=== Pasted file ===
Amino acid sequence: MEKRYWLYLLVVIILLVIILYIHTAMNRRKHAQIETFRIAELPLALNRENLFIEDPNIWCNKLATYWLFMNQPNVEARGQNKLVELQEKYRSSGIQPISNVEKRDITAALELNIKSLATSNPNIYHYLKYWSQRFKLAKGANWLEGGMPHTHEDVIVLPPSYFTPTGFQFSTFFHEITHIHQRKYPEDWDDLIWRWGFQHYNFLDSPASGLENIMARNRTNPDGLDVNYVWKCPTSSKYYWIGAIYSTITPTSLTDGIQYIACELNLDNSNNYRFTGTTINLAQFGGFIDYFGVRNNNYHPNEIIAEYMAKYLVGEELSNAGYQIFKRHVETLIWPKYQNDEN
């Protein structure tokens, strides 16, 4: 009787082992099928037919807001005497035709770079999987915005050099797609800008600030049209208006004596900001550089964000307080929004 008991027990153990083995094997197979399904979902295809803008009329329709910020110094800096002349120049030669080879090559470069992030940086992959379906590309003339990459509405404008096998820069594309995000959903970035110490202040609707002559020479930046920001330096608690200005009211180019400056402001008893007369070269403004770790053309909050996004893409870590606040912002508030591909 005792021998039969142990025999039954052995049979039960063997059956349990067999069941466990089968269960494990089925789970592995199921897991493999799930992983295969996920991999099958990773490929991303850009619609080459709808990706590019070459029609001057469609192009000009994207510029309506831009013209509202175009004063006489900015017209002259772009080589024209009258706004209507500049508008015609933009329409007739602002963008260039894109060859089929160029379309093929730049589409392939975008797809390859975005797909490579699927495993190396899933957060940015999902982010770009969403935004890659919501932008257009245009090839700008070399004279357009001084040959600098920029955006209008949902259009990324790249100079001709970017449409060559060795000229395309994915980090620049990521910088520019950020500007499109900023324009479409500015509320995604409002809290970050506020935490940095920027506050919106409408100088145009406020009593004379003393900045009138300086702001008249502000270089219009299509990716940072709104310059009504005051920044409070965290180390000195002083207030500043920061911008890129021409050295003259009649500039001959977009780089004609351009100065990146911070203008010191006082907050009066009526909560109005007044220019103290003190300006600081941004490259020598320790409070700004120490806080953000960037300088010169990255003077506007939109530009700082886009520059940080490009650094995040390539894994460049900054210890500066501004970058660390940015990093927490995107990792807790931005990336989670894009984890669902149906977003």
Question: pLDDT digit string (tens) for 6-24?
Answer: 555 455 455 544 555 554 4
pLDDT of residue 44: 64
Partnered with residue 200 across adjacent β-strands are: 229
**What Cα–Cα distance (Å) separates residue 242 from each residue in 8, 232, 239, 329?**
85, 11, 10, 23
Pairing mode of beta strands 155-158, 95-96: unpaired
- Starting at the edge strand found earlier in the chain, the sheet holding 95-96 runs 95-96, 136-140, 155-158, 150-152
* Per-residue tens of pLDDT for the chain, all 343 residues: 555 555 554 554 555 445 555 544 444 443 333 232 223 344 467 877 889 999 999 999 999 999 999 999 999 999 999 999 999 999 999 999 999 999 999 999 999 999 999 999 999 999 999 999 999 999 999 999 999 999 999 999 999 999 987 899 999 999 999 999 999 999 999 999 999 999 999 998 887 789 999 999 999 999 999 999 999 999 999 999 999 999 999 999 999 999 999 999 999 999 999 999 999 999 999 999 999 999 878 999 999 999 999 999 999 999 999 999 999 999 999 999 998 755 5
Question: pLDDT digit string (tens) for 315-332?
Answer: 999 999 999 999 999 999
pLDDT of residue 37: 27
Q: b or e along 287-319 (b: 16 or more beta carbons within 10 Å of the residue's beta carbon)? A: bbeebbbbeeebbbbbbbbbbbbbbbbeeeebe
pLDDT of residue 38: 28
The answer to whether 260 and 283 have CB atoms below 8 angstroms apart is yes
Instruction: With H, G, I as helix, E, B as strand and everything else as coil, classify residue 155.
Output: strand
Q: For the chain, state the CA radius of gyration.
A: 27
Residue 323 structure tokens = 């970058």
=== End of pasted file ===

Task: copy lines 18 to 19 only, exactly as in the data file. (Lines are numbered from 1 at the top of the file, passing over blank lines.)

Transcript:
Instruction: With H, G, I as helix, E, B as strand and everything else as coil, classify residue 155.
Output: strand